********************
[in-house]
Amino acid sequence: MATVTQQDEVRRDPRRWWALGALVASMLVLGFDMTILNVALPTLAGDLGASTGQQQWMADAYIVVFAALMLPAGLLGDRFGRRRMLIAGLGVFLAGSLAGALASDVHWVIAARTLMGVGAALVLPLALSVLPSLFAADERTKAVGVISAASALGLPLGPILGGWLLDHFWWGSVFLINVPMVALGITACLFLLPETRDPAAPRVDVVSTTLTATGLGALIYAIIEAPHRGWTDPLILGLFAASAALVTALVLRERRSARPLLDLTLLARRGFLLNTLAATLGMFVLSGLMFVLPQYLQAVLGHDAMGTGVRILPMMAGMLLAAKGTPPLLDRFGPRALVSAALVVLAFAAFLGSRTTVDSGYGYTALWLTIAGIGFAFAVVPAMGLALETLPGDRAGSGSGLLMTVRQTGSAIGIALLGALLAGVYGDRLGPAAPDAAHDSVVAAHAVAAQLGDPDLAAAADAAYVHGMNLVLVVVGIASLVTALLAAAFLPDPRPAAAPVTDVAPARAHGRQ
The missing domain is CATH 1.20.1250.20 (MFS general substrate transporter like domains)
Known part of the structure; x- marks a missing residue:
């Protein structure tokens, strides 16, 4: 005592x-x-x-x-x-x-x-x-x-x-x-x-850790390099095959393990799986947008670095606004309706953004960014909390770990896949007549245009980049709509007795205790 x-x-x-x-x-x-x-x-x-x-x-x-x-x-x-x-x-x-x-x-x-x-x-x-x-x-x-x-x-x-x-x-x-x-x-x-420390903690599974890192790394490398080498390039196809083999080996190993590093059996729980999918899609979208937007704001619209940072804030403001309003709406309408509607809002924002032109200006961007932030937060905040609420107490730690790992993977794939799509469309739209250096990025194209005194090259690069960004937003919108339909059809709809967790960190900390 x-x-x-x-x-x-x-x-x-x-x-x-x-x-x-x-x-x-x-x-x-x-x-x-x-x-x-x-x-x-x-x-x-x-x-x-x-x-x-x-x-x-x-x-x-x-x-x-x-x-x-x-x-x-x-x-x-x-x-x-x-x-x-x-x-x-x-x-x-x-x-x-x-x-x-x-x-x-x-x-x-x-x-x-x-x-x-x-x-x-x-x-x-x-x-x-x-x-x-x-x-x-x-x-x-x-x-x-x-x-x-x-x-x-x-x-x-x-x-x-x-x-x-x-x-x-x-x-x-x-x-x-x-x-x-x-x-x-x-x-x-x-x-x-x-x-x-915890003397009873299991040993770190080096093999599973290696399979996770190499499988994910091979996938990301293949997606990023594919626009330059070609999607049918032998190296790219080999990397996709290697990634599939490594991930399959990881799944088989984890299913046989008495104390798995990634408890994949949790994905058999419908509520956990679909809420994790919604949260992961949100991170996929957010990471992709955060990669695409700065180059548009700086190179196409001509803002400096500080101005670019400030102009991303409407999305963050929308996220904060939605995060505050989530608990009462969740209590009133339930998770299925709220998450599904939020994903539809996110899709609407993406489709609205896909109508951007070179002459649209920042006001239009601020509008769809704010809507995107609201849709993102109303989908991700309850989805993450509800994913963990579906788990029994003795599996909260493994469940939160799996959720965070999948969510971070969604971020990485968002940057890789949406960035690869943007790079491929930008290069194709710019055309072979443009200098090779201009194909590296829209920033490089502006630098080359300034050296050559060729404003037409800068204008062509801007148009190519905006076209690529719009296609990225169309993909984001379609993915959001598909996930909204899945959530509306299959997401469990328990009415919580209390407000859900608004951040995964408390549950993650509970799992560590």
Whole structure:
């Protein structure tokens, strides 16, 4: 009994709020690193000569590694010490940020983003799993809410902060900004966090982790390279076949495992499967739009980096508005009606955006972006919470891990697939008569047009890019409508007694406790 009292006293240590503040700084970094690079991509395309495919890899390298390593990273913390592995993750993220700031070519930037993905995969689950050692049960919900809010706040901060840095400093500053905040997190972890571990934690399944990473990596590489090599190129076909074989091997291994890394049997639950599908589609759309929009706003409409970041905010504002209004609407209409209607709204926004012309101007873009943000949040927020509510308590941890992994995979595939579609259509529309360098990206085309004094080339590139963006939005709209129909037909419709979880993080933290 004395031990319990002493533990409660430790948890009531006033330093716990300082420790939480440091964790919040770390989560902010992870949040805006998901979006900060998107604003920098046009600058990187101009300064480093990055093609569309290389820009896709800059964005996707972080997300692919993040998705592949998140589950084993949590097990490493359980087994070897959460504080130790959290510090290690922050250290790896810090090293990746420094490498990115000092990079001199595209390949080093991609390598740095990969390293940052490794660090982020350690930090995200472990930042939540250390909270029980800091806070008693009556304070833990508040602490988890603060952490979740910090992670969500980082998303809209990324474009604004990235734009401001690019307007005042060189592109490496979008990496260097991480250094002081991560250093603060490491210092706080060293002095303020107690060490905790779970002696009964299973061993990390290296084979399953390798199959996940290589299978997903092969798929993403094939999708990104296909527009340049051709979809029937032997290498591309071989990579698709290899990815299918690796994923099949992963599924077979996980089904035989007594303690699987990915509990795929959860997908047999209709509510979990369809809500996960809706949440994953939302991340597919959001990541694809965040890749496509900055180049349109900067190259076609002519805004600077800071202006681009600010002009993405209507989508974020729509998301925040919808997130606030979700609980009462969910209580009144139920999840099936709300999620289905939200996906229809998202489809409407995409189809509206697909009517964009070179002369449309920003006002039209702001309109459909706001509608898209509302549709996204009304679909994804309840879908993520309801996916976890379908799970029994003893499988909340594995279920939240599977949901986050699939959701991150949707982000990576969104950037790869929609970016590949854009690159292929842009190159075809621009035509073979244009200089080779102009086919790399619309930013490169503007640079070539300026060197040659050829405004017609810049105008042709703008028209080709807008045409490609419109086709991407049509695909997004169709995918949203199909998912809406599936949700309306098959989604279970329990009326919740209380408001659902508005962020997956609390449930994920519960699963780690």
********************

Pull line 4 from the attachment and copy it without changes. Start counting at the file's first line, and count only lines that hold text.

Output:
Known part of the structure; x- marks a missing residue: